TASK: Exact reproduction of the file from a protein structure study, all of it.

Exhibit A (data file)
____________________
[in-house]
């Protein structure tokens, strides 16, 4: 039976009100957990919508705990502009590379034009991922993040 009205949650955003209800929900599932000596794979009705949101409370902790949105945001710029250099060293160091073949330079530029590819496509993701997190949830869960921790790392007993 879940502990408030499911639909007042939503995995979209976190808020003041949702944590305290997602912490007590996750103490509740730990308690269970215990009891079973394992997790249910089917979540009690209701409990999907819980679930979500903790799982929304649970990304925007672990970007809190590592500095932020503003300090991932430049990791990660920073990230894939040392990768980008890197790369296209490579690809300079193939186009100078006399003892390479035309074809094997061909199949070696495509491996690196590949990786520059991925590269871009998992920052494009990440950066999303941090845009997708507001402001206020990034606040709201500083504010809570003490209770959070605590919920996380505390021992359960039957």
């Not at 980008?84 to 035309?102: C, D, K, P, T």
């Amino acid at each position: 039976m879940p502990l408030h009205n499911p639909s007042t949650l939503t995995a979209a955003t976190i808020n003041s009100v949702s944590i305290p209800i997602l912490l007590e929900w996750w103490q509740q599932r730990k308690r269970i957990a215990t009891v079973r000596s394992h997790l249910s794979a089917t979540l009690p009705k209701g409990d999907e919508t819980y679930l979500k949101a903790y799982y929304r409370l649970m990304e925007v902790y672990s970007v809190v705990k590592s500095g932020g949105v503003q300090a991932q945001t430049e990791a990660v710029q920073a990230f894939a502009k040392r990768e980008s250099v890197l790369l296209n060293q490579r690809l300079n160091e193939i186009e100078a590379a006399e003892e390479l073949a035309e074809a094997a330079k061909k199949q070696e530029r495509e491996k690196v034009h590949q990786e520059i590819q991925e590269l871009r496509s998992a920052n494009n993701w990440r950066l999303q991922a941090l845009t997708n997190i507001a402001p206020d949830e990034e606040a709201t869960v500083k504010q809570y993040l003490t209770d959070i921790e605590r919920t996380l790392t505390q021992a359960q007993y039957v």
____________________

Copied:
[in-house]
């Protein structure tokens, strides 16, 4: 039976009100957990919508705990502009590379034009991922993040 009205949650955003209800929900599932000596794979009705949101409370902790949105945001710029250099060293160091073949330079530029590819496509993701997190949830869960921790790392007993 879940502990408030499911639909007042939503995995979209976190808020003041949702944590305290997602912490007590996750103490509740730990308690269970215990009891079973394992997790249910089917979540009690209701409990999907819980679930979500903790799982929304649970990304925007672990970007809190590592500095932020503003300090991932430049990791990660920073990230894939040392990768980008890197790369296209490579690809300079193939186009100078006399003892390479035309074809094997061909199949070696495509491996690196590949990786520059991925590269871009998992920052494009990440950066999303941090845009997708507001402001206020990034606040709201500083504010809570003490209770959070605590919920996380505390021992359960039957």
């Not at 980008?84 to 035309?102: C, D, K, P, T």
């Amino acid at each position: 039976m879940p502990l408030h009205n499911p639909s007042t949650l939503t995995a979209a955003t976190i808020n003041s009100v949702s944590i305290p209800i997602l912490l007590e929900w996750w103490q509740q599932r730990k308690r269970i957990a215990t009891v079973r000596s394992h997790l249910s794979a089917t979540l009690p009705k209701g409990d999907e919508t819980y679930l979500k949101a903790y799982y929304r409370l649970m990304e925007v902790y672990s970007v809190v705990k590592s500095g932020g949105v503003q300090a991932q945001t430049e990791a990660v710029q920073a990230f894939a502009k040392r990768e980008s250099v890197l790369l296209n060293q490579r690809l300079n160091e193939i186009e100078a590379a006399e003892e390479l073949a035309e074809a094997a330079k061909k199949q070696e530029r495509e491996k690196v034009h590949q990786e520059i590819q991925e590269l871009r496509s998992a920052n494009n993701w990440r950066l999303q991922a941090l845009t997708n997190i507001a402001p206020d949830e990034e606040a709201t869960v500083k504010q809570y993040l003490t209770d959070i921790e605590r919920t996380l790392t505390q021992a359960q007993y039957v």